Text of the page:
Carp Fishing

Carp Fishing Tackle

Common Carp Cyprinus carpio

One of the largest members of the minnow family and a close relative of the goldfish, the common carp is among the least – favoured targets of freshwater anglers in North America. Common carp exist in good supply and in relatively large sizes (compared to most other species), and provide an underutilized resource for anglers, not to mention an ample source of protein. In some circles carp are highly regarded as a food fi sh and can be prepared in many ways. ID. The common carp has a deep body form and a heavy appearance.

Distinctive features include a short head, rounded snout, single long dorsal fin, forked tail, and relatively large scales. The mouth is toothless and sucker like, adapted to bottom feeding, and the upper jaw projects slightly past the lower one. The common carp has a single serrated spine at the front of the dorsal and anal fins and two pairs of fleshy barbels on either side of its mouth. Colouring ranges from gold to olive to brown, with a yellowish colouring on the lower sides and belly and a reddish tint to the lower fins. Each scale on the upper sides of the fish has a concentrated dark spot at its base and a conspicuous dark rim.

Juveniles and breeding males are usually a darker green or grey with a dark belly, and females are lighter. Habitat. Common carp are incredibly hardy and flexible in their habitat preferences. Primarily bottom – dwelling fish, carp like quiet, shallow waters with a soft bottom and dense aquatic vegetation. Although they favour large turbid waters, they also thrive in small rivers and lakes. They can live in low – oxygen environments and can tolerate temperature fluctuations and extremes. In some northern waters where the fish are abundant and such terrain is lacking or offers no food, carp will cruise over shallow, rocky flats and shoals, browsing along the rubble bottom. Food. Omnivorous feeders, carp have predominantly vegetarian diets but will feed on aquatic insects, snails, crustaceans, annelids, and molluscs.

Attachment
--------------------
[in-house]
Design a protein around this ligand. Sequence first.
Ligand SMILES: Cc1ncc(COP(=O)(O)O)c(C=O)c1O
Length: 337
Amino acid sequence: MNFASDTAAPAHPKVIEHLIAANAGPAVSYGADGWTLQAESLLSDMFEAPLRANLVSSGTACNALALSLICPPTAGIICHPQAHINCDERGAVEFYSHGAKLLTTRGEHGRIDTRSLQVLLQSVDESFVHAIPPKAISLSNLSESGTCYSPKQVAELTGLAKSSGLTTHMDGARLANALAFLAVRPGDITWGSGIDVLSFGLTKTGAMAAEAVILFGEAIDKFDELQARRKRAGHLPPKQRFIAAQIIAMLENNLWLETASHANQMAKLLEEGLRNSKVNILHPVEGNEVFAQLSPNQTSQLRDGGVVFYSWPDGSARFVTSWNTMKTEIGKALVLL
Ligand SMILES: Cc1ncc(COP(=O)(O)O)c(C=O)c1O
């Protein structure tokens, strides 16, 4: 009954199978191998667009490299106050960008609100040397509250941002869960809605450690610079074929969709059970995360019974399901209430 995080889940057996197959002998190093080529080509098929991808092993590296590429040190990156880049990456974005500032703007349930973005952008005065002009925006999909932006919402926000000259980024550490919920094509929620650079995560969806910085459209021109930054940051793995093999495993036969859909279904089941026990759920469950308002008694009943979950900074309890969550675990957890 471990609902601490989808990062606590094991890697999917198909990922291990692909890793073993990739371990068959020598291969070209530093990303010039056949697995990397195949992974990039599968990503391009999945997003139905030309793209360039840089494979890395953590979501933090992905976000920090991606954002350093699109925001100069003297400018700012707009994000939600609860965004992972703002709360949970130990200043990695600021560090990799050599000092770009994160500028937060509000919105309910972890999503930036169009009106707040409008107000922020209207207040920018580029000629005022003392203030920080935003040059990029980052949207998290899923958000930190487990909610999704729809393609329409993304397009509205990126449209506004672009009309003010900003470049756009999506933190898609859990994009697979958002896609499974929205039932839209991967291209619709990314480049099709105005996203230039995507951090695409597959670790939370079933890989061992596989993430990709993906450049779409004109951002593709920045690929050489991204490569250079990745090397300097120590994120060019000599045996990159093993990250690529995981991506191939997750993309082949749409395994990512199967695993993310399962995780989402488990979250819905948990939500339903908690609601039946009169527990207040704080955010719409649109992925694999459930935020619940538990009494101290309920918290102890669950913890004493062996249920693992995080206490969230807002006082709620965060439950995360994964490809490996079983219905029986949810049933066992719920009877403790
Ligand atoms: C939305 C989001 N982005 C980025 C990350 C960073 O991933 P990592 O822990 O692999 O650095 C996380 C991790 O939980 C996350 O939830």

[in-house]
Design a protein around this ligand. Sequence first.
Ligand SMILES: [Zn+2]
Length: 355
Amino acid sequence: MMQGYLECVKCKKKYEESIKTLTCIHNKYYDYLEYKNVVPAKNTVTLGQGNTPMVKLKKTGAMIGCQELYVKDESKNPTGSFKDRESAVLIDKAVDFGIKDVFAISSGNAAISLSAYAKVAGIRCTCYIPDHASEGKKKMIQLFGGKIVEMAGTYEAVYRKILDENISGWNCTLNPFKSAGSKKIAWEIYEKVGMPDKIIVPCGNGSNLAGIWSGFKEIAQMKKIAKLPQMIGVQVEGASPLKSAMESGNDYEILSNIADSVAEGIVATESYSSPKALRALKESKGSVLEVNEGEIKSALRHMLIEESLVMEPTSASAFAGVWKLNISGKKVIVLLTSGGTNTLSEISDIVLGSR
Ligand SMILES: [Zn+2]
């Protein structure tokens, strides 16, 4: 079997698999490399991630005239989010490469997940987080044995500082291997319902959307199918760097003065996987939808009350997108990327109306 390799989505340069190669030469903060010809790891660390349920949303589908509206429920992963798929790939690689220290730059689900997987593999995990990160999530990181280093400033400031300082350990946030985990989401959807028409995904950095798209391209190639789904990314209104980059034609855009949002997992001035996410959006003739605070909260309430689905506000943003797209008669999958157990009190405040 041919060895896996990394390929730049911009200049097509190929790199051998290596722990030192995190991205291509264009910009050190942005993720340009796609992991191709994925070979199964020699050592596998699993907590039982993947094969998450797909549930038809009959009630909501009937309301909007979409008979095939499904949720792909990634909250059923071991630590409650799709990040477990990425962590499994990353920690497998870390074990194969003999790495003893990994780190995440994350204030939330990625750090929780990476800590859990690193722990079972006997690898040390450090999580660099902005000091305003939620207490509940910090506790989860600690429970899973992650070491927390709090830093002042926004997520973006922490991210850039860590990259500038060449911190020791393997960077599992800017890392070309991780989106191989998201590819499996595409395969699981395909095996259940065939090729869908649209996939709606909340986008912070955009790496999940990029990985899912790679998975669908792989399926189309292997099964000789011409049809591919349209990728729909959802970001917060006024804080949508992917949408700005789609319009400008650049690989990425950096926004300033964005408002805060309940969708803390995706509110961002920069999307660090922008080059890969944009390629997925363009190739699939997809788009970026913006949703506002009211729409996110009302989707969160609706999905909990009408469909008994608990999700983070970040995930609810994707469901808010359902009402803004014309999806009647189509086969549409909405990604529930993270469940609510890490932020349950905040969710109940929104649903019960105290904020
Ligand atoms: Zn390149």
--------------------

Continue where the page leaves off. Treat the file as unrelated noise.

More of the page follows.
Aquatic plants and filamentous algae are the most popular food groups. They grub sediments from the bottom with their sucker like mouths, uprooting and destroying vegetation and muddying the water. Carp primarily spend their lives in small groups and are inclined to roam for food. Angling. Because carp primarily eat aquatic plants, and not other fish, they are less receptive than many other species to the most commonly practiced methods of fishing in North America. Nevertheless, they are strong fish and hearty battlers, capable of stretching a fishing line and testing the skills of most anglers. Getting a carp to take your offering can be a challenge, as they are not impulsive predators or ambush strikers.

For the most part, they are not chasers or stalk – and – attack hunters. They are unlikely to strike most lures, although they occasionally strike a slow – moving jig, and either a weighted or a dry fly. Spinning, spin-casting, fly-casting, and bait-casting tackle are all used to land carp, but spinning is probably the most functional method. In North America, carp have been caught on an assortment of bait, primarily dough-balls, corn, worms, processed baits, and commercially prepared baits, with and without chumming. Although they primarily feed on the bottom, carp also feed on or near the surface as well as at mid-levels. Fishing for carp is mostly a waiting game, but stealthy anglers can opt to take a more aggressive approach and hunt for them, stalking and casting to visible fish.

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  • Carp Fishing Mugs Cups & Bottles
  • Carp Fishing Nets & Fish Handling
  • Carp Fishing Outdoor Cook Sets & Utensils
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  • Carp Fishing Rods
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Amazing Fishing Stories

  • In the morning, the conger was still lying in the bath, but Barry now discovered that a fish, especially an eel, becomes very slimy indeed if left in salted water for any length of time. So the challenge was how to get a heavy, wet and exceptionally slippery fish from the bathroom down to the kitchen without covering the newly fitted carpet on the landing, staircase and hall in conger slime.
  • Mark inspected the pike’s head and there were two distinct marks where he had hit it. However, from his ecological training and knowledge of fish skeletal structure, he knew how hard a pike’s skull was. He also knew that pike, like eels and even carp, can survive a long time out of water, provided that their skin doesn’t dry out too much. Maybe, just maybe, this fish might have survived its experience.
  • There was no equipment in the boat for handling large fish. Steve wouldn’t allow a gaff anyway, because all his fish went back alive, unless they specifically wanted one to eat, a category the lemon shark did not fit into. The only aid they had was the boatman’s gloves.
  • So a short spinning rod, fixed-spool reel, wire traces and large spoons with single hooks were included on the equipment list.